Start the New Year with the Best Exercise Type for Burning Fat
Start your New Year weight loss resolution with the most efficient type of exercise for burning fat in the least amount of time and effort for overweight adults, says a recent University study.
The consensus for a number of years toward losing weight has been that overweight adults need to do both aerobic exercise and resistance weight training to effectively and efficiently burn off excess weight. Basically, aerobic exercise functions by burning calories during exercise, whereas weight training functions by increasing muscle mass that is believed to raise a person’s metabolic rate while at rest and add onto the overall calories burned daily.
However, according to a new study by researchers at Duke University, studies addressing the actual benefit of weight training toward fat burning have thus far been inconclusive and in need of a comparative analysis pitting aerobic exercise, resistance training with aerobic exercise and resistance training alone, against each other using fat loss as the litmus test for which of the three is more efficient for helping overweight adults lose weight.
"Given that approximately two-thirds of adults in the United States are overweight due to excess body fat, we want to offer clear, evidence-based exercise recommendations that will truly help people lose weight and body fat," says the study’s lead author Leslie H. Willis, MS, an exercise physiologist at Duke Medicine.
According to the study titled “Effects of aerobic and/or resistance training on body mass and fat mass in overweight or obese adults” and published in the Journal of Applied Physiology, the study consisted of 234 overweight or obese participants who were placed into one of the three exercise training groups:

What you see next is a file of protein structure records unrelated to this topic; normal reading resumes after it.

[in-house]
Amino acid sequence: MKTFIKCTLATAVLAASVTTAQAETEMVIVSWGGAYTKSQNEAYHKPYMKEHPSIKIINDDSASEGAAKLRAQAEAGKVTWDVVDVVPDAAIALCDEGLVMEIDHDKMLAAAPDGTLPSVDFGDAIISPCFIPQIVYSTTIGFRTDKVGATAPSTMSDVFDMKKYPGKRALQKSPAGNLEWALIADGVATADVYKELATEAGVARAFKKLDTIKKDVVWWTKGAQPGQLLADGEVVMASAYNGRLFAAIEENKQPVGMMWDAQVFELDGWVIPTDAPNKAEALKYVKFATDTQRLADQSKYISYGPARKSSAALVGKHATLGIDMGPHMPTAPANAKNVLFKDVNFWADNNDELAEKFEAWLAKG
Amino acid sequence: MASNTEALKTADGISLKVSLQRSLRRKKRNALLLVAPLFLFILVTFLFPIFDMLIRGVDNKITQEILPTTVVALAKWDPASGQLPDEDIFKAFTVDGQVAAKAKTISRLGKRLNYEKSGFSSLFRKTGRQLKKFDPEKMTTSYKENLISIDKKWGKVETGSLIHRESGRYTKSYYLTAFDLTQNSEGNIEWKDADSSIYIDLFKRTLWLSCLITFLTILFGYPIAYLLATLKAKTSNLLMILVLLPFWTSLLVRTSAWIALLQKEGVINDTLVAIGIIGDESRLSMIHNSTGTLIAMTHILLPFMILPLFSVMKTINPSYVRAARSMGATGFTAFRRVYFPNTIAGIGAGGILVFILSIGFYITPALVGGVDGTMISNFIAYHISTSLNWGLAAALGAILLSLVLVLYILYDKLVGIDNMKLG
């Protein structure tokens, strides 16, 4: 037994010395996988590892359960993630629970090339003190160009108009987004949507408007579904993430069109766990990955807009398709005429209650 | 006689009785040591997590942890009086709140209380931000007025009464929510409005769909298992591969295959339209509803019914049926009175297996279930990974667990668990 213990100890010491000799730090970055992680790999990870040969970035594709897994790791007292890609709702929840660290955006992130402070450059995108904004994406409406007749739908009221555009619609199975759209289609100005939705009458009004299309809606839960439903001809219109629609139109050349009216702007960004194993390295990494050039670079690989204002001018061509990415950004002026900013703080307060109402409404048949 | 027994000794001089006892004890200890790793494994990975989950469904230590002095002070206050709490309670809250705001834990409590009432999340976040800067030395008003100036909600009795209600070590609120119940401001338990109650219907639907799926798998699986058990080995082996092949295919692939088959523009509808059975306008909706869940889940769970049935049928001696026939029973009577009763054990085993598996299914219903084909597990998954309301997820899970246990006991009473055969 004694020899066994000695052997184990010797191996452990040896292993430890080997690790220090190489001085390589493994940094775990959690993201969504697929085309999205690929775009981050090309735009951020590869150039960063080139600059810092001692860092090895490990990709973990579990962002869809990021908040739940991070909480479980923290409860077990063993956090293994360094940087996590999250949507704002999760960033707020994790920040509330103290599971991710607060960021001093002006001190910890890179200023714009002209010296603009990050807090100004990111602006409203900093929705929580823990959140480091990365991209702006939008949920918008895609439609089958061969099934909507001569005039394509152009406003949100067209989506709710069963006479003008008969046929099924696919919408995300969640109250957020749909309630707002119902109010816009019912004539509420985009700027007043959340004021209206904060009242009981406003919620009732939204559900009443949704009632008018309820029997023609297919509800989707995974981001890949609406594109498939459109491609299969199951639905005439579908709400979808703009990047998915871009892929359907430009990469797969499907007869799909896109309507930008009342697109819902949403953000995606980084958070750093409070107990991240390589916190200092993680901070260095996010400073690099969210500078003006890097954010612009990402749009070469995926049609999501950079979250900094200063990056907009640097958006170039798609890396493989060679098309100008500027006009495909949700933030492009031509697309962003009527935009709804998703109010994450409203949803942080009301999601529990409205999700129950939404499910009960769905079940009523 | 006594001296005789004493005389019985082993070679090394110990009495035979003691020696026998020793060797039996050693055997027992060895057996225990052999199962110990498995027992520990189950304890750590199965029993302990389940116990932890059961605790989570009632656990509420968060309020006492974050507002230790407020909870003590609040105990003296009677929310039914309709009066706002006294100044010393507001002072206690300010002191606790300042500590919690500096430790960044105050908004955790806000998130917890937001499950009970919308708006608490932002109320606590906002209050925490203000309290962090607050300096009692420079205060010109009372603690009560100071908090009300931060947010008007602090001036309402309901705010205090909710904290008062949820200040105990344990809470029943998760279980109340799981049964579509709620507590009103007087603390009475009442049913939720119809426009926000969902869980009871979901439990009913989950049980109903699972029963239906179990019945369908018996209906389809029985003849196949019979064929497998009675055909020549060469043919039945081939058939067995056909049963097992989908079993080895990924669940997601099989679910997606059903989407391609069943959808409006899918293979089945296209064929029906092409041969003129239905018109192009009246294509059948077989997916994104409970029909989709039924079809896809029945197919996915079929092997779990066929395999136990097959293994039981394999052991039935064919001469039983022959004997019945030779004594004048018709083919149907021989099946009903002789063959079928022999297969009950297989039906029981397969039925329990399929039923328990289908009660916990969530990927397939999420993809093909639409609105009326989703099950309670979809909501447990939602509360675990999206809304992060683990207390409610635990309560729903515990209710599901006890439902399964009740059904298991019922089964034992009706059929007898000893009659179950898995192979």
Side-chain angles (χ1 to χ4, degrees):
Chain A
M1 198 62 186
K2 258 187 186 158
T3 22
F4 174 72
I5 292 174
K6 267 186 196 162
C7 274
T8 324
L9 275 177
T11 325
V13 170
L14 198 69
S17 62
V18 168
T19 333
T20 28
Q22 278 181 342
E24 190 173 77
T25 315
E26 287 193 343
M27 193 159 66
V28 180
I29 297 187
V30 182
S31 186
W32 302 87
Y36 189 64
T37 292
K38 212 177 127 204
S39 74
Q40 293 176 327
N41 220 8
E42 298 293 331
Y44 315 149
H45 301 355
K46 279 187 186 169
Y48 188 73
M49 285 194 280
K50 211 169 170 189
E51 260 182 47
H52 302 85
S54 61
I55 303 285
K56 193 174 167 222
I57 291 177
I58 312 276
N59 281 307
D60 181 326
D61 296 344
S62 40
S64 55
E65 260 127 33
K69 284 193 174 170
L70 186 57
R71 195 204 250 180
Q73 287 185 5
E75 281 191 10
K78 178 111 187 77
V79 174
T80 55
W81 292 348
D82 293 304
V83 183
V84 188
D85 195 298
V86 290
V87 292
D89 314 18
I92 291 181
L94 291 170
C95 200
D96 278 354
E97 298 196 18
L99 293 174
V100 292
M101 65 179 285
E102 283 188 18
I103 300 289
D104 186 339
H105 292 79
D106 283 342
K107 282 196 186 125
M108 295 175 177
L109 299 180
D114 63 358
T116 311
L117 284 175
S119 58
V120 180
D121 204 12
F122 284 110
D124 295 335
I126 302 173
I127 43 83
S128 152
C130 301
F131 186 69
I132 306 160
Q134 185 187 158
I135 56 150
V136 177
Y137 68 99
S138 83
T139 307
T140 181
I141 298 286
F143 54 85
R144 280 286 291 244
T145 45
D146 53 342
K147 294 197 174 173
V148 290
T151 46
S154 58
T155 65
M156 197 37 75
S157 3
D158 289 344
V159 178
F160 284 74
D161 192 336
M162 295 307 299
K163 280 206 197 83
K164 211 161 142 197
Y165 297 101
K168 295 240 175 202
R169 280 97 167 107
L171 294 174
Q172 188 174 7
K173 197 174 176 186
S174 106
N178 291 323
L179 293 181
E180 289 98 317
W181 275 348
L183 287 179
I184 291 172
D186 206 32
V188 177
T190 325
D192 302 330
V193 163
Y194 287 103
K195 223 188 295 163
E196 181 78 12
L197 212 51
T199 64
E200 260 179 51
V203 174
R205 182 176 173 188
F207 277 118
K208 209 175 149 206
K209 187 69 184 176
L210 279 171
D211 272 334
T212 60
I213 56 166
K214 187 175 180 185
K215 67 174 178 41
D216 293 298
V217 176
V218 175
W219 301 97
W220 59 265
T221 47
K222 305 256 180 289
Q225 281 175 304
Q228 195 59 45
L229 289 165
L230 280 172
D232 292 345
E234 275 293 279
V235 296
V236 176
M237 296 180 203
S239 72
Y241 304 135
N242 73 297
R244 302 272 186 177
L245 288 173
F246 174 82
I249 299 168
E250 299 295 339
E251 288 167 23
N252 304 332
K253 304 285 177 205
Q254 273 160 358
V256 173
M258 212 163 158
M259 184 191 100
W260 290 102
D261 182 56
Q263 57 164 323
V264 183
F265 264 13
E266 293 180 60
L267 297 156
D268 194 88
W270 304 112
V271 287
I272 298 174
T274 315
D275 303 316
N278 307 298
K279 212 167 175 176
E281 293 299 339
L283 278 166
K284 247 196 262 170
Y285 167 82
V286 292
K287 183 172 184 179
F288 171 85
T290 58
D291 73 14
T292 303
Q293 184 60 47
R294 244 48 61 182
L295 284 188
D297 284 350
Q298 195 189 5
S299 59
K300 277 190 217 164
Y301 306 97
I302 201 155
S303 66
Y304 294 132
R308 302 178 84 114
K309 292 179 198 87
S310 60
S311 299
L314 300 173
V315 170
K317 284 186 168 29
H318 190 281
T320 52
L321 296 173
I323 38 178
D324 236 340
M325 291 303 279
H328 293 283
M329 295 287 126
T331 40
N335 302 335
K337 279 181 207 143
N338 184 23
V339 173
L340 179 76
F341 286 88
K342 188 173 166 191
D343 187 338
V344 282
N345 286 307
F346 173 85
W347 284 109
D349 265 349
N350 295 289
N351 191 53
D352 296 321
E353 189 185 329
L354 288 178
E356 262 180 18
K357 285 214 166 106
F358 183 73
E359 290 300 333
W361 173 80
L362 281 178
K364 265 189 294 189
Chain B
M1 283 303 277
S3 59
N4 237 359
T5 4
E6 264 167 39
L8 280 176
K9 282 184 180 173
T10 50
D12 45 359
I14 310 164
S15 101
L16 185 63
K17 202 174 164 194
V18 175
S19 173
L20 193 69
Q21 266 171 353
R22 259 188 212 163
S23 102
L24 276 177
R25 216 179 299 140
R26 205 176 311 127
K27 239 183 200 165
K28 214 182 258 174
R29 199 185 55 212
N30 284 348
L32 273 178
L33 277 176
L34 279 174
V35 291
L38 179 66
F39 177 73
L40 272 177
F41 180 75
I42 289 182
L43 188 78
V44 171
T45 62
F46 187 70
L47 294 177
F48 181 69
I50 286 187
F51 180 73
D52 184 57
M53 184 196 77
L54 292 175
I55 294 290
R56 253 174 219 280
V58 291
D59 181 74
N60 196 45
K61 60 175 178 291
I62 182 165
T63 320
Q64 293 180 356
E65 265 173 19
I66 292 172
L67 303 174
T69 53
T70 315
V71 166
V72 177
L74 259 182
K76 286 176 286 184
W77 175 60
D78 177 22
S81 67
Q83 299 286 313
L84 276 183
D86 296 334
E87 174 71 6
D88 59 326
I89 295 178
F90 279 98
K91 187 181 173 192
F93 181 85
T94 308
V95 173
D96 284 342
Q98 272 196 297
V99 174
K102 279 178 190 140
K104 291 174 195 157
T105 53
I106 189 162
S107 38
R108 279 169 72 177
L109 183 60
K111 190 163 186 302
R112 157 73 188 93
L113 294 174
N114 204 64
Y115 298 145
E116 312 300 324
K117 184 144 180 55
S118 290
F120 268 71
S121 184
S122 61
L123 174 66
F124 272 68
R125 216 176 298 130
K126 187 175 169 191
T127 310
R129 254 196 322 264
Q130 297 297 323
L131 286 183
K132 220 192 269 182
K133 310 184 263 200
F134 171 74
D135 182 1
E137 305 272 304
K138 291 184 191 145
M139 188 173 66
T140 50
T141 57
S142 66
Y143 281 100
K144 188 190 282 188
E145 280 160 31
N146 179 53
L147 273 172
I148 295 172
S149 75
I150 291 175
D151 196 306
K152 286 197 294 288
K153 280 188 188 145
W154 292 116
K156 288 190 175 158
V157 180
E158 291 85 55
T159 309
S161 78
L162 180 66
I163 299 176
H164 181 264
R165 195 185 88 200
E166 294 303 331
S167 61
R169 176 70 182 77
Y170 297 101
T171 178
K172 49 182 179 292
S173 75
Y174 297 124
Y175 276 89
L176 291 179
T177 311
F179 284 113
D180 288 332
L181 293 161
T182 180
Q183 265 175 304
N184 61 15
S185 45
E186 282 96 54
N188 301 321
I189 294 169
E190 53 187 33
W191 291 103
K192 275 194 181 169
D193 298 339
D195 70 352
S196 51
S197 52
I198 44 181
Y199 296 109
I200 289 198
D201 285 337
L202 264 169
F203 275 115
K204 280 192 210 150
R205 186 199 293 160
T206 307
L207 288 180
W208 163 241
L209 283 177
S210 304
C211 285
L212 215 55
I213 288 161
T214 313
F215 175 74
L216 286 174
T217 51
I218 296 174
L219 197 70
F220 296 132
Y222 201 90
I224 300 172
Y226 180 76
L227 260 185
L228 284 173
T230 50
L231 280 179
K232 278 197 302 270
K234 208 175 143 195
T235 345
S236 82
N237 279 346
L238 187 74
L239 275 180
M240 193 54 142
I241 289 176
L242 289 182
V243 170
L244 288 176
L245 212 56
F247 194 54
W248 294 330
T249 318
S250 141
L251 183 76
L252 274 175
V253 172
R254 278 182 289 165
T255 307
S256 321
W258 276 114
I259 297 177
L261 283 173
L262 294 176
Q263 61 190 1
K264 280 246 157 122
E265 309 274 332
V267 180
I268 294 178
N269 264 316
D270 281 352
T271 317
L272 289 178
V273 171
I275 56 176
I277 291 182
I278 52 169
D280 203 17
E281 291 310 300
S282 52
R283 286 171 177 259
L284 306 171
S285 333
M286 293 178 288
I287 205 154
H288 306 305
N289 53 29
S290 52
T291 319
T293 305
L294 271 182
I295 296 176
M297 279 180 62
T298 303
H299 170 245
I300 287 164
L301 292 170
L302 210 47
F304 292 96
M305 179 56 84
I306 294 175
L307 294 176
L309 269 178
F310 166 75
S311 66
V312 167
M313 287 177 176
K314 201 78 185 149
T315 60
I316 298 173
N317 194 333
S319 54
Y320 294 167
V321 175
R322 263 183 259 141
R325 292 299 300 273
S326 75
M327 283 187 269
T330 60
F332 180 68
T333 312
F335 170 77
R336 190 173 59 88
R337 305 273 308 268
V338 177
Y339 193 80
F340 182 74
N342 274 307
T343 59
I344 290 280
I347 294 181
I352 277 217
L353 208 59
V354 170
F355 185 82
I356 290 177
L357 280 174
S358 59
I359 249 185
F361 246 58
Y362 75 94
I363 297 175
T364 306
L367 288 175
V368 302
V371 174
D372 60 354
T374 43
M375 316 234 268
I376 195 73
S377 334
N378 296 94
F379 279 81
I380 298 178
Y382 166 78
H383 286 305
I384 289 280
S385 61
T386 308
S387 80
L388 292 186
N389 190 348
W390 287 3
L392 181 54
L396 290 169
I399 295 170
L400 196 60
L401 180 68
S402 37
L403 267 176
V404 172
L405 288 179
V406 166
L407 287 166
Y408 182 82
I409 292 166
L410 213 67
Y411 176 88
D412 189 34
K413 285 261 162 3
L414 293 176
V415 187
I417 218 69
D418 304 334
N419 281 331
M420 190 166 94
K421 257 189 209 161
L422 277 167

• Resistance training consisting of three days per week of weight lifting, three sets per day, 8-12 repetitions per set.
• Aerobic training consisting of approximately 12 miles per week.
• Aerobic plus resistance training consisting of three days a week, three sets per day, 8-12 repetitions per set for resistance training, plus approximately 12 miles per week of aerobic exercise.
By the end of the study, approximately half of the participants completed the training, and the data consisting of their before and after total body mass, fat mass and lean body mass were analyzed between the three groups.
What the researchers found was that the aerobic and the aerobic plus resistance training groups lost approximately the same and the most amount of body mass and fat mass, whereas the resistance training-only group lost the least amount of fat, and actually gained weight.
Furthermore, the researchers found that from an efficiency standpoint balancing the health benefits with the time commitment that the aerobic exercise plus resistance training group required (which is about twice as much exercise effort/time than the aerobic exercise-only group), that it did not result in significantly more fat mass or body mass reduction over aerobic exercise alone.
The conclusion that the researchers drew from their data was that for overweight adults who are concerned primarily with reducing fat and body mass (as opposed to also including increasing lean muscle mass or gaining other health benefits related to weight training) is that aerobic exercise alone is the most efficient exercise type for losing weight.
"Balancing time commitments against health benefits, our study suggests that aerobic exercise is the best option for reducing fat mass and body mass," said Cris A. Slentz, PhD, a Duke exercise physiologist and study co-author. "It's not that resistance training isn't good for you; it's just not very good at burning fat."
For another informative article that discusses what researchers say is the most effective way to exercise to lose belly fat, follow this link to an article titled "New Belly Fat Weight Loss Exercise Takes Less Time and Works Better, Say Researchers."
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“Effects of aerobic and/or resistance training on body mass and fat mass in overweight or obese adults” Journal of Applied Physiology December 15, 2012 vol. 113 no. 12 1831-1837; Leslie H. Willis et al.
Duke Medicine News and Communications: Aerobic Exercise Trumps Resistance Training for Weight and Fat Loss